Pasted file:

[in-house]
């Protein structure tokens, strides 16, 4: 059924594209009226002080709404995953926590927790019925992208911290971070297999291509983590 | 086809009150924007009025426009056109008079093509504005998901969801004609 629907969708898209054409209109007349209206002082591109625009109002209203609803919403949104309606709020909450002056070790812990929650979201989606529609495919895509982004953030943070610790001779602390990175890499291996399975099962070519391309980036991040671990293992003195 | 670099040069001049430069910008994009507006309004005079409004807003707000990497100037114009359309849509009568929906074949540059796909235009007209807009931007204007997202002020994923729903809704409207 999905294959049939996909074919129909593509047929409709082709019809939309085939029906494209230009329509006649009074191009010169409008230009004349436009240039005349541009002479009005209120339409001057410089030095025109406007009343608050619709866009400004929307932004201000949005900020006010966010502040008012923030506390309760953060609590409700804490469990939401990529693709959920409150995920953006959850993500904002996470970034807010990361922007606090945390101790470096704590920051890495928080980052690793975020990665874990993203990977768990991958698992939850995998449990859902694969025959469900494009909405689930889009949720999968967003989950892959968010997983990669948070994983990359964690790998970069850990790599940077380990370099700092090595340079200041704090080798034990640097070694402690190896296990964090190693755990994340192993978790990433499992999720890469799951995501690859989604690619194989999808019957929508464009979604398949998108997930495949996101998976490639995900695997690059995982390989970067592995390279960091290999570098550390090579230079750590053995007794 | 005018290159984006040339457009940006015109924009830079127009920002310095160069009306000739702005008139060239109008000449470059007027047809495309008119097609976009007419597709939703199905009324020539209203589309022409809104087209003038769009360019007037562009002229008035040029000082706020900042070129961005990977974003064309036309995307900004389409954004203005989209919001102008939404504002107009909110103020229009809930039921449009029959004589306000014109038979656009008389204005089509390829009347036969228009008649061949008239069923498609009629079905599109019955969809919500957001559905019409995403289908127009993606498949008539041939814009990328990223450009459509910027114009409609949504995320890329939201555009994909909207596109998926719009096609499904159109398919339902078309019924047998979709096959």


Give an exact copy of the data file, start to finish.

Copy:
[in-house]
């Protein structure tokens, strides 16, 4: 059924594209009226002080709404995953926590927790019925992208911290971070297999291509983590 | 086809009150924007009025426009056109008079093509504005998901969801004609 629907969708898209054409209109007349209206002082591109625009109002209203609803919403949104309606709020909450002056070790812990929650979201989606529609495919895509982004953030943070610790001779602390990175890499291996399975099962070519391309980036991040671990293992003195 | 670099040069001049430069910008994009507006309004005079409004807003707000990497100037114009359309849509009568929906074949540059796909235009007209807009931007204007997202002020994923729903809704409207 999905294959049939996909074919129909593509047929409709082709019809939309085939029906494209230009329509006649009074191009010169409008230009004349436009240039005349541009002479009005209120339409001057410089030095025109406007009343608050619709866009400004929307932004201000949005900020006010966010502040008012923030506390309760953060609590409700804490469990939401990529693709959920409150995920953006959850993500904002996470970034807010990361922007606090945390101790470096704590920051890495928080980052690793975020990665874990993203990977768990991958698992939850995998449990859902694969025959469900494009909405689930889009949720999968967003989950892959968010997983990669948070994983990359964690790998970069850990790599940077380990370099700092090595340079200041704090080798034990640097070694402690190896296990964090190693755990994340192993978790990433499992999720890469799951995501690859989604690619194989999808019957929508464009979604398949998108997930495949996101998976490639995900695997690059995982390989970067592995390279960091290999570098550390090579230079750590053995007794 | 005018290159984006040339457009940006015109924009830079127009920002310095160069009306000739702005008139060239109008000449470059007027047809495309008119097609976009007419597709939703199905009324020539209203589309022409809104087209003038769009360019007037562009002229008035040029000082706020900042070129961005990977974003064309036309995307900004389409954004203005989209919001102008939404504002107009909110103020229009809930039921449009029959004589306000014109038979656009008389204005089509390829009347036969228009008649061949008239069923498609009629079905599109019955969809919500957001559905019409995403289908127009993606498949008539041939814009990328990223450009459509910027114009409609949504995320890329939201555009994909909207596109998926719009096609499904159109398919339902078309019924047998979709096959």